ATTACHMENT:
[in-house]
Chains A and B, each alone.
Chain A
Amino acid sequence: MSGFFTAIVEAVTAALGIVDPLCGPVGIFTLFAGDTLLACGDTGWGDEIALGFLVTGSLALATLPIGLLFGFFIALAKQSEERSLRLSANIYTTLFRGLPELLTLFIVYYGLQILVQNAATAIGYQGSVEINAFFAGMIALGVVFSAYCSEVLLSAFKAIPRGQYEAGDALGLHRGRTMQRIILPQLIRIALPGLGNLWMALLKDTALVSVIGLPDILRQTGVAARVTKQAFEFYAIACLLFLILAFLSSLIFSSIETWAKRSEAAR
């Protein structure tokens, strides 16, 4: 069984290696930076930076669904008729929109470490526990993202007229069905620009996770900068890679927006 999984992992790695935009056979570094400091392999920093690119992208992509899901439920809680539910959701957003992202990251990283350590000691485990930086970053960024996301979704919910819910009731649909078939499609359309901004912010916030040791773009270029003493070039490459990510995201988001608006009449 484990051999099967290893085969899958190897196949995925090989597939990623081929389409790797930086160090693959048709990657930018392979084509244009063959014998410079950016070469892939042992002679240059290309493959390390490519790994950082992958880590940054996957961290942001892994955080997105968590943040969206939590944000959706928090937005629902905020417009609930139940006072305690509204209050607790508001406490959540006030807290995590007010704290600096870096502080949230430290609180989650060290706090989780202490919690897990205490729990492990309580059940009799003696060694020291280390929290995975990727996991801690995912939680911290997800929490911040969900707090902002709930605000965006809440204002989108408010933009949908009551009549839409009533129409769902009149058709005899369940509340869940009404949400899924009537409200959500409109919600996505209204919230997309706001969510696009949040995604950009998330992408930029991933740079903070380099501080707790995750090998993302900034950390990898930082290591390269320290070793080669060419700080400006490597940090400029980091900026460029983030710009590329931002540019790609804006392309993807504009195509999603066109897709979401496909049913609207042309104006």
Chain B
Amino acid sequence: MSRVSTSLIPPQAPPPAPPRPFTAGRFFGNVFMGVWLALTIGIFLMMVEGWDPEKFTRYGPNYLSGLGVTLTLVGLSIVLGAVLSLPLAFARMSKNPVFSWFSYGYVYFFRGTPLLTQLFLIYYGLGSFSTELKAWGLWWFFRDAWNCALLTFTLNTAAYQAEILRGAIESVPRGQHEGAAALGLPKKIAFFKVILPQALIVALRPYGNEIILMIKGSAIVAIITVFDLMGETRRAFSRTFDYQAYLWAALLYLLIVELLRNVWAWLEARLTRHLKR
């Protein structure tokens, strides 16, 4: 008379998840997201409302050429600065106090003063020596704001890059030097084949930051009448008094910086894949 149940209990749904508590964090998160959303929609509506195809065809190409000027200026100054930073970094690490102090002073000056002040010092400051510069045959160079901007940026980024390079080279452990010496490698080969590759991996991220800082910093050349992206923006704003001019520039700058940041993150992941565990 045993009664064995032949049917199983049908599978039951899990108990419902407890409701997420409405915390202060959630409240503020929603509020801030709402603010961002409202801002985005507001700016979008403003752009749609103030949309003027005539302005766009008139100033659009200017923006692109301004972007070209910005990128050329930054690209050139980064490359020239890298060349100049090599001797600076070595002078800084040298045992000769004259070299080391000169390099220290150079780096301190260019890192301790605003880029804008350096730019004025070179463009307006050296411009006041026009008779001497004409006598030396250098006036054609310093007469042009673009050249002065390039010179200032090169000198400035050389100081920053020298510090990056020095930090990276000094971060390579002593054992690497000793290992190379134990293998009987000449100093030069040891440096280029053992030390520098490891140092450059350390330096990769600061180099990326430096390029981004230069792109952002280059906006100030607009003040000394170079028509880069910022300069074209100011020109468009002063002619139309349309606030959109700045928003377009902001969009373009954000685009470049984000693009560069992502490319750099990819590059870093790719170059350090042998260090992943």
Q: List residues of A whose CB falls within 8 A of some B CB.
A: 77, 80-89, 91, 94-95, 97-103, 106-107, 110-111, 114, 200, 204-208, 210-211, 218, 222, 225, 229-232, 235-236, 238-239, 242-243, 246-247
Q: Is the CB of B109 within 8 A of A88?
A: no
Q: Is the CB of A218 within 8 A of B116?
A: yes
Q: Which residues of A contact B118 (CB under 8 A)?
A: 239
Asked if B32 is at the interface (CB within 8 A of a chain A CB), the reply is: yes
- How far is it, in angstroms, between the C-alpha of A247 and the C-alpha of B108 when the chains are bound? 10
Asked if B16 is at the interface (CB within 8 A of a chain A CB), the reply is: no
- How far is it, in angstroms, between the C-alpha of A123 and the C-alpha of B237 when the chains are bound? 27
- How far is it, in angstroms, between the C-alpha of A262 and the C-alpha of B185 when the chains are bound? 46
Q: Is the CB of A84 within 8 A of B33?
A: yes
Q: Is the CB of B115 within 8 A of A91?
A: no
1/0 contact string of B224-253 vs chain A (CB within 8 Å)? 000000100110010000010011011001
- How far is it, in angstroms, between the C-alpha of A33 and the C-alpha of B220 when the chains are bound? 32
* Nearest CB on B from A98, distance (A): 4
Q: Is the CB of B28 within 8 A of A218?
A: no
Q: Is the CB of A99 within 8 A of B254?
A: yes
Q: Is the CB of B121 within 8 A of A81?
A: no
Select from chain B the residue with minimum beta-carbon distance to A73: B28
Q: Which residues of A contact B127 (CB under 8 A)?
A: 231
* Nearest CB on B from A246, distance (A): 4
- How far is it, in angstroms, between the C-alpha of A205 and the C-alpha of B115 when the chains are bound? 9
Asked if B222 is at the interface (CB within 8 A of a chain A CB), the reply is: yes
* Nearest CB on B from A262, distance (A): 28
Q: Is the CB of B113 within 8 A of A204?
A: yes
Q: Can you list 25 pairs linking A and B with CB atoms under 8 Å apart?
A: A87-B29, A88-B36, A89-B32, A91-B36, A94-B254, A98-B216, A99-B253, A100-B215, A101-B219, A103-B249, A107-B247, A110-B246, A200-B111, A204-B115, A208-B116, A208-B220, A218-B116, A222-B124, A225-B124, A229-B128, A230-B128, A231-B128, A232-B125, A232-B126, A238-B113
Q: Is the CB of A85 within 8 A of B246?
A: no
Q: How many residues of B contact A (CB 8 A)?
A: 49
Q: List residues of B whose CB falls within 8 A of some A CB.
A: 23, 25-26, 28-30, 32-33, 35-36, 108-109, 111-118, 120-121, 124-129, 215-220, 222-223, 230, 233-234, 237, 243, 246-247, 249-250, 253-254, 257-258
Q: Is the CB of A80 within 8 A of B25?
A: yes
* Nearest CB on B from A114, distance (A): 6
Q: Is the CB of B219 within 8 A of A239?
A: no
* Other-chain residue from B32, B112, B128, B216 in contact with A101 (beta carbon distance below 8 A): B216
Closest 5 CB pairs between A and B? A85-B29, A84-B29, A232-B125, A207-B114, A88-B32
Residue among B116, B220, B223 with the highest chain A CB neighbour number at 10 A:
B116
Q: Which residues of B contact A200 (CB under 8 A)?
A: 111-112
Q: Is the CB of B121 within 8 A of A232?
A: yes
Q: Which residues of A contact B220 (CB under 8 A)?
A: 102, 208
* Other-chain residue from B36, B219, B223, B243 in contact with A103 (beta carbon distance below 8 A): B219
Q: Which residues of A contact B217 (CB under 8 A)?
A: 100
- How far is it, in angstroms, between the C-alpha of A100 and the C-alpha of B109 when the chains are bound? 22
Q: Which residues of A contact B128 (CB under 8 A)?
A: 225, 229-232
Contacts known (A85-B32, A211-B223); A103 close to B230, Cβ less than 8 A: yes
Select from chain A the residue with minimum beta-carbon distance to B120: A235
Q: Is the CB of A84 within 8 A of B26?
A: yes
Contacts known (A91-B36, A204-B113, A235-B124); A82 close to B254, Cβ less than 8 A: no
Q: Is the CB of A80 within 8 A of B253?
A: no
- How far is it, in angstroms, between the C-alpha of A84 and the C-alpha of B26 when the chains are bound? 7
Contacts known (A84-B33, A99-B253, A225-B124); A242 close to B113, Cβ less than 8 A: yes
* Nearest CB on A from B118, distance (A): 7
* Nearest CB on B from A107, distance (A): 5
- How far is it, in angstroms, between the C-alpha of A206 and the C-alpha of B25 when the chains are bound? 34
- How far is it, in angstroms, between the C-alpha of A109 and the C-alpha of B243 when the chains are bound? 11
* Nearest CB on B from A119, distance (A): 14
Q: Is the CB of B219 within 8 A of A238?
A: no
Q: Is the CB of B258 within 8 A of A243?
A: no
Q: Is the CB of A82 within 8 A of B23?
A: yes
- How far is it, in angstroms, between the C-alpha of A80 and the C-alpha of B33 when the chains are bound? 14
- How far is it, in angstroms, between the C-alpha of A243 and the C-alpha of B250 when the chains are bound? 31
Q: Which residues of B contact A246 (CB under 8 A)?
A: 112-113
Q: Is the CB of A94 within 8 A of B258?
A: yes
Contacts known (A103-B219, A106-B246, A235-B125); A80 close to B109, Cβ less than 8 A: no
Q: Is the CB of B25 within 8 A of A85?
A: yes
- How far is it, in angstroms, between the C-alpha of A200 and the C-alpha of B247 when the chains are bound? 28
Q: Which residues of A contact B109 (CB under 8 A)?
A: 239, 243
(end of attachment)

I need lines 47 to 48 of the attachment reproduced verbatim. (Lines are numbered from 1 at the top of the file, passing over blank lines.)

A: no
Q: How many residues of B contact A (CB 8 A)?